On Sept. 15, the New York Eater website ran an article by Ryan Sutton about one restaurant that is experimenting with eliminating the need for a patron to leave a tip. The article explains that the celebrity chef Tom Colicchio – head judge of Bravo TV’s Top Chef — is opening a new establishment, Craft, and has decided to experiment with removing the traditional expectation of a 15 percent to 20 percent tip. He’s removing the line on a credit card charge slip where a patron would normally add in a tip. Colicchio won’t prevent a patron from leaving a cash tip, but there’s no expectation that the patron should do that. The experiment starts with his lunch service.
The impetus for the decision to test no tipping is a change to New York state’s wage law. The article explains Colicchio’s decision. “If this policy proves successful, Colicchio says he’ll eliminate tipping at dinner as well, ‘ideally’ by the year’s end, a move that would let him skirt the burdensome effects of New York’s decision to raise the minimum wage for tipped restaurant workers.”
Over the past 10 years, The Emily Post Institute has noticed a shift from 15 percent to 20 percent in the amount people tip at restaurants. Most people the Institute questioned now say they tip 20 percent, with the most frequent explanation being that it is simply easier to figure.
Colicchio understands that in eliminating tipping, his menu prices will increase, and that’s where the experiment may fail. Comparing a burger at his restaurant, Craft, to one at a competitor will make it seem like his is more expensive. But when the 20 percent tip is added in at the competitor’s establishment, the price would be roughly the same.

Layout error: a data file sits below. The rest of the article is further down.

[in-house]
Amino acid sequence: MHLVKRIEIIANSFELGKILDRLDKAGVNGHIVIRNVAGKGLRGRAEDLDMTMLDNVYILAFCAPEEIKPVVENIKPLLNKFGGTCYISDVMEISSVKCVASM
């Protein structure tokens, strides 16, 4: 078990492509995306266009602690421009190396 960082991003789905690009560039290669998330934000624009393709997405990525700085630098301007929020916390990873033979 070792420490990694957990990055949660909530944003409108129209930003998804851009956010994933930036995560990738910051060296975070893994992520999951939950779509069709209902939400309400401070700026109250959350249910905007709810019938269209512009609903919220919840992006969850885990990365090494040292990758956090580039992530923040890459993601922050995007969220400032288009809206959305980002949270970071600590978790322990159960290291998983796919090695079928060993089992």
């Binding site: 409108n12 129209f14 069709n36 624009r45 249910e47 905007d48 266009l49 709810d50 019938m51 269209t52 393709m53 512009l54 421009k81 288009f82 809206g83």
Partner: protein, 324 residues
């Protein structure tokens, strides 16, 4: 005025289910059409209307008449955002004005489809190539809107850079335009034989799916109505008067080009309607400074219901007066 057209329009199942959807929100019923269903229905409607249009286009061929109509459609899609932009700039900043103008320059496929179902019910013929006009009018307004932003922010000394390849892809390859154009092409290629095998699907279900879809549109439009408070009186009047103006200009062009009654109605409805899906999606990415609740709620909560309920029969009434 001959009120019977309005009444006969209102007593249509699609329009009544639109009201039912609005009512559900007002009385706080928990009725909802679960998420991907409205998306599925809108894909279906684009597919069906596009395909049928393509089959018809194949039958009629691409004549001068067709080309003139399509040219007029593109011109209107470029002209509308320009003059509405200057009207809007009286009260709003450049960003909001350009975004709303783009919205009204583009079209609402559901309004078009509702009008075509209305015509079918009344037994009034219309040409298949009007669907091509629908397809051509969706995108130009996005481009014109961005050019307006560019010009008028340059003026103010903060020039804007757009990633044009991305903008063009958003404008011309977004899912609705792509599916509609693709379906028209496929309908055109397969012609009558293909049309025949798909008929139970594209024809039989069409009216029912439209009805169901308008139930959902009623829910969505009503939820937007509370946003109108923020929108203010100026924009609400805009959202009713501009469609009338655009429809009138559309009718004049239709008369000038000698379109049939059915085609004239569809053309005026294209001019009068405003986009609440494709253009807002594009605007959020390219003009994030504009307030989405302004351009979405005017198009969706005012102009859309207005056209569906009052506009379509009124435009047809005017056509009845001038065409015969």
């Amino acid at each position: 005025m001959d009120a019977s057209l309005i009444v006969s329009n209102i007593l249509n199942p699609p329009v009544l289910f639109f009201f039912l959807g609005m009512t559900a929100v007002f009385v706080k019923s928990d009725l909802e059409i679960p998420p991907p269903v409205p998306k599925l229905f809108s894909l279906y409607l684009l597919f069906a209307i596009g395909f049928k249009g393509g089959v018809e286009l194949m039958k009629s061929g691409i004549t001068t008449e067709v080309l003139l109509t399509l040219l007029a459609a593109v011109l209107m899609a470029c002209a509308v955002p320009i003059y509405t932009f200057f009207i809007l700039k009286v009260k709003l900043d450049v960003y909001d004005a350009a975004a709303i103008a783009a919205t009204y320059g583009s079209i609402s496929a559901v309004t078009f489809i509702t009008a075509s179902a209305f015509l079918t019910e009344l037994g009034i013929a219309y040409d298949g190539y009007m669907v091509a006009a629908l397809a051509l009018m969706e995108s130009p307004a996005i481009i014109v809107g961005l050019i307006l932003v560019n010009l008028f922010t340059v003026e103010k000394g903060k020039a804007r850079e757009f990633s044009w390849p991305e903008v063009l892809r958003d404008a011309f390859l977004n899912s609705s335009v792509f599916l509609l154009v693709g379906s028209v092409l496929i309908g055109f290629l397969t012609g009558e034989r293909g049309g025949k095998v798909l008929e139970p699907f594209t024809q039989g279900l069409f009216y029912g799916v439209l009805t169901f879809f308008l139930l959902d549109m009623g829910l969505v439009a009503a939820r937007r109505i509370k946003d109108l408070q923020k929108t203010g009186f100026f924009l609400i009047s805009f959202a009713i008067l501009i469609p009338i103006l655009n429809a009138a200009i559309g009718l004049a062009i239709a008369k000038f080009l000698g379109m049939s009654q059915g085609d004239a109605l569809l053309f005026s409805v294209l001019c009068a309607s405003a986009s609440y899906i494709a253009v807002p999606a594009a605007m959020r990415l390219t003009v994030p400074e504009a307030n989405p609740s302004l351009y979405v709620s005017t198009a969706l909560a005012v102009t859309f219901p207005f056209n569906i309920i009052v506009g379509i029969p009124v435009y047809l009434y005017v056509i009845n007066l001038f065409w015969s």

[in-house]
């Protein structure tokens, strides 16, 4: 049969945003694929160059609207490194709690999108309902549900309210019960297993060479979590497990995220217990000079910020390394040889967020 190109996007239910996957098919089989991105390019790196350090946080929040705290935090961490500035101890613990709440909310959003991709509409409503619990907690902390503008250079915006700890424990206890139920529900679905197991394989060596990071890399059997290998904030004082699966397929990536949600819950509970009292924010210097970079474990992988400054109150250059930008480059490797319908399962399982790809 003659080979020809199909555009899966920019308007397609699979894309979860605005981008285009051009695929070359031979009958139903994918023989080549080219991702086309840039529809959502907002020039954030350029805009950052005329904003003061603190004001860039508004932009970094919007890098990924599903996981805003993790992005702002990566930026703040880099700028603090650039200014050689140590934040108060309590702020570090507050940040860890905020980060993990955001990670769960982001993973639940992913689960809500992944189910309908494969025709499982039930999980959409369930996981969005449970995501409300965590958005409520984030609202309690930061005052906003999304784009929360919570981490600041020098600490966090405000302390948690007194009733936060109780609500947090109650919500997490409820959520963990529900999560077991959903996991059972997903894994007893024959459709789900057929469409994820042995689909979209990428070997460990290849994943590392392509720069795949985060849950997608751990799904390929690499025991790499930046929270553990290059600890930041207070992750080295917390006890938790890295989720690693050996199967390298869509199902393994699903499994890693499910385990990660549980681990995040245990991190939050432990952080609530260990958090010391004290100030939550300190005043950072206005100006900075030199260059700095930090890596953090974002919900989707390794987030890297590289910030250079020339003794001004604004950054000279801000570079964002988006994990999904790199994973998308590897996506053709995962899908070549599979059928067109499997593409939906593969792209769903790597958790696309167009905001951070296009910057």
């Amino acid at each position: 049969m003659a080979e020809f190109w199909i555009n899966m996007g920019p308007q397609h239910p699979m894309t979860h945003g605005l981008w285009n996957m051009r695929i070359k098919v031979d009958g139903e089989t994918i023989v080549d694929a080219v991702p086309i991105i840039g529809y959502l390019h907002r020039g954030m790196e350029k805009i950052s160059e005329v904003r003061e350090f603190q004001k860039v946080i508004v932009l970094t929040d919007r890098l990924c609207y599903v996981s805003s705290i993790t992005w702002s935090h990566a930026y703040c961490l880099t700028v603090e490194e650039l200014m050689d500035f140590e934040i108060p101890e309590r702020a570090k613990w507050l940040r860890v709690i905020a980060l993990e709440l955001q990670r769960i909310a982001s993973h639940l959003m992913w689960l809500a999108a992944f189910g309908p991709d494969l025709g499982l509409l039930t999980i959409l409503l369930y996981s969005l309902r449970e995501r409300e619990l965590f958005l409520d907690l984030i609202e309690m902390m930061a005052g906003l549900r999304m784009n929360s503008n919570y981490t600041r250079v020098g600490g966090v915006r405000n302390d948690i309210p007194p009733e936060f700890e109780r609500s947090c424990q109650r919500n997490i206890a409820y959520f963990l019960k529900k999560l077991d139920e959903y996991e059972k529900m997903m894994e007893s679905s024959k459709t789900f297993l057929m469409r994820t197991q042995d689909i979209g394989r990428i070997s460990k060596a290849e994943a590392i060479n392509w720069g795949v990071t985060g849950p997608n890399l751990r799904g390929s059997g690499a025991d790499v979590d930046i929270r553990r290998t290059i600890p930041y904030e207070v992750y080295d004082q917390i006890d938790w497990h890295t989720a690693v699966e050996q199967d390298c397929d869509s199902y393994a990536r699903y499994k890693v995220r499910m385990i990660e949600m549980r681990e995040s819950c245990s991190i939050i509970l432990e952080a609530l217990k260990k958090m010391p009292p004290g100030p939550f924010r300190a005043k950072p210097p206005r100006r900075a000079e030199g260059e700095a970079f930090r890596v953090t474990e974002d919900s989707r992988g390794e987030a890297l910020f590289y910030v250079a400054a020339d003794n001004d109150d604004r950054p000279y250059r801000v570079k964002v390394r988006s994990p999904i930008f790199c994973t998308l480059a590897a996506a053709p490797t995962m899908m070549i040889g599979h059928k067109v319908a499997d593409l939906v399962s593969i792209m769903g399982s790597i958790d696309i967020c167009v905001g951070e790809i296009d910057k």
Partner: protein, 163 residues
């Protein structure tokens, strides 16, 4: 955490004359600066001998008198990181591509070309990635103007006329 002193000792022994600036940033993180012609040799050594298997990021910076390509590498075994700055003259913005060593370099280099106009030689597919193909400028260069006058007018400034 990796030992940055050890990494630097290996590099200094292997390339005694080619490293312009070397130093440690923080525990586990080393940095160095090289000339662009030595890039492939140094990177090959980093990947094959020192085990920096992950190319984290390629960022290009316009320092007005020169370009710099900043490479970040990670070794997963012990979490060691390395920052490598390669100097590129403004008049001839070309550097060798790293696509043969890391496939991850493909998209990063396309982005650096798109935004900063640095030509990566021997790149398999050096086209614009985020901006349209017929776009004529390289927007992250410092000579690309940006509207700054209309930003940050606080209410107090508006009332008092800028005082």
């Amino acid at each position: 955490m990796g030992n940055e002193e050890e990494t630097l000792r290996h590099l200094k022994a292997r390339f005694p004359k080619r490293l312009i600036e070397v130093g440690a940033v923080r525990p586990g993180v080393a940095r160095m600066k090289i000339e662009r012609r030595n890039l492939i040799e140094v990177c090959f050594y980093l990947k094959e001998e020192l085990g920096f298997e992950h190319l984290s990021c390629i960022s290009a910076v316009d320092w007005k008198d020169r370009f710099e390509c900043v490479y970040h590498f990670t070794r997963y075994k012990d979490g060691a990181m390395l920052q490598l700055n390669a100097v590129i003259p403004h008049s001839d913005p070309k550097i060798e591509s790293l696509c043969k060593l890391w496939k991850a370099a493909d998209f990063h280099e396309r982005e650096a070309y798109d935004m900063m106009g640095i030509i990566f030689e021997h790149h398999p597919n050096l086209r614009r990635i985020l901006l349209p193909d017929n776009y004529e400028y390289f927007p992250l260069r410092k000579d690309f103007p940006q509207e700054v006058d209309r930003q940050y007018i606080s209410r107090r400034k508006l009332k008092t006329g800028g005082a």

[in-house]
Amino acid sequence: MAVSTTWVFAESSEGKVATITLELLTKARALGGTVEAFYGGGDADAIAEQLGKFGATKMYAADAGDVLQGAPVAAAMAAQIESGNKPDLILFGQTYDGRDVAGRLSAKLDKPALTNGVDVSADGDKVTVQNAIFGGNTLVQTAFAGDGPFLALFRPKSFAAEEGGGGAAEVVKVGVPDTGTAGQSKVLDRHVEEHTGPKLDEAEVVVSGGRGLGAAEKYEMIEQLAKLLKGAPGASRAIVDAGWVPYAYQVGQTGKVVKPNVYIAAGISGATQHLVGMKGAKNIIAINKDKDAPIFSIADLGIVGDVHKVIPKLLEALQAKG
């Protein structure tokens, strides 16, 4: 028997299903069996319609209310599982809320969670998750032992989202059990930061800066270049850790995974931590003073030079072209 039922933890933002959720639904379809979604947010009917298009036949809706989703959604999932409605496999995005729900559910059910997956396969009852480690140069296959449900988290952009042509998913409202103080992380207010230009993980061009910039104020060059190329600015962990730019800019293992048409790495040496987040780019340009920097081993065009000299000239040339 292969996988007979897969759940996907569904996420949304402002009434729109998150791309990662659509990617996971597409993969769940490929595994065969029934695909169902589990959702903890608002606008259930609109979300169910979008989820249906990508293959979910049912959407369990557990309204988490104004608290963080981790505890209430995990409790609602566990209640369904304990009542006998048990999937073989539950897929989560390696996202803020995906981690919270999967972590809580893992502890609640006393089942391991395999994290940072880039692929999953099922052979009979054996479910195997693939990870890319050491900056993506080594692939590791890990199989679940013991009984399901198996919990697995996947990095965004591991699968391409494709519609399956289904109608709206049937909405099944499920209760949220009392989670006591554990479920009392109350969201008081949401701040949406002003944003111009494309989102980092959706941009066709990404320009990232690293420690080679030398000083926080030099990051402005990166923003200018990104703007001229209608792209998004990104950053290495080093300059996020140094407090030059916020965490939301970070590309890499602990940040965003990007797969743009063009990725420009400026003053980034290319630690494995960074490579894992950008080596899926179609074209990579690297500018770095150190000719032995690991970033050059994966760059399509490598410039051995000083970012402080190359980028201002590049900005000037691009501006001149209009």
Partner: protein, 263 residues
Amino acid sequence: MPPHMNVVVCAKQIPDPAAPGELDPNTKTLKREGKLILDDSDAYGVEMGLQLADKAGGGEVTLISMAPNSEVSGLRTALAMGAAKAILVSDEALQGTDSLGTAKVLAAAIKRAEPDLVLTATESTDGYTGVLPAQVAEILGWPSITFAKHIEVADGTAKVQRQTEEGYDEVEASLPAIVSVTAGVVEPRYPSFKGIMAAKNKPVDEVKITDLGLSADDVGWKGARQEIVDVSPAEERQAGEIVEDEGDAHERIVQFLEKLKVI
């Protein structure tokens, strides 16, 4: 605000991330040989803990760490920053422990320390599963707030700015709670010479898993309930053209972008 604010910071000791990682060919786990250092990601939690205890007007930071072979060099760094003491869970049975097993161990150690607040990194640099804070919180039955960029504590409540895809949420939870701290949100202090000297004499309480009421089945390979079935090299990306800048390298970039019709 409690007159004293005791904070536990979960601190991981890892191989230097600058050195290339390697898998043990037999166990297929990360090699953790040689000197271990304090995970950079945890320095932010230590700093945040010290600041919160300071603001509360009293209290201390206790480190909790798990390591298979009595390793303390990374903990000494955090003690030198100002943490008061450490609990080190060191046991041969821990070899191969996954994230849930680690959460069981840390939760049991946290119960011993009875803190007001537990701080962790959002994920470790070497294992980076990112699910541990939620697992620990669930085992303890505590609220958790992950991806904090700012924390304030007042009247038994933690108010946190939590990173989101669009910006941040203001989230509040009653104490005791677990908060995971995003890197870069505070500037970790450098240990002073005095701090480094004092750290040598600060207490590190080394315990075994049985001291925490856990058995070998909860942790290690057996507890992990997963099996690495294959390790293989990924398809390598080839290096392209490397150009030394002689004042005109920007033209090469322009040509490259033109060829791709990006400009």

While the article articulates both sides of the question of changing tipping, personally, as a consumer, I like the idea of moving away from the 20 percent tipping world. I’d rather know that my bill reflects the quality of the food and service and that I’m not left having to add a tip on the credit card slip or leave one on the table in cash. I also like the idea that I can sign the slip without doing any math gymnastics. My focus remains on my dining partners, which is where it should be.
An irksome tipping development is restaurants that now take orders on a tablet. They push the envelope by offering the suggestion of 25 percent or 30 percent or more. The diner chooses the tip amount from a menu preset by the establishment. To choose “other” is possible, but purposefully inconvenient. Considering that your server is doing little more than delivering your food and clearing your table (and explaining how to use the tablet!), tipping at the upper end seems over the top. Buyer beware: When at a tablet restaurant, you may suddenly find you are leaving a tip amount you did not intend.
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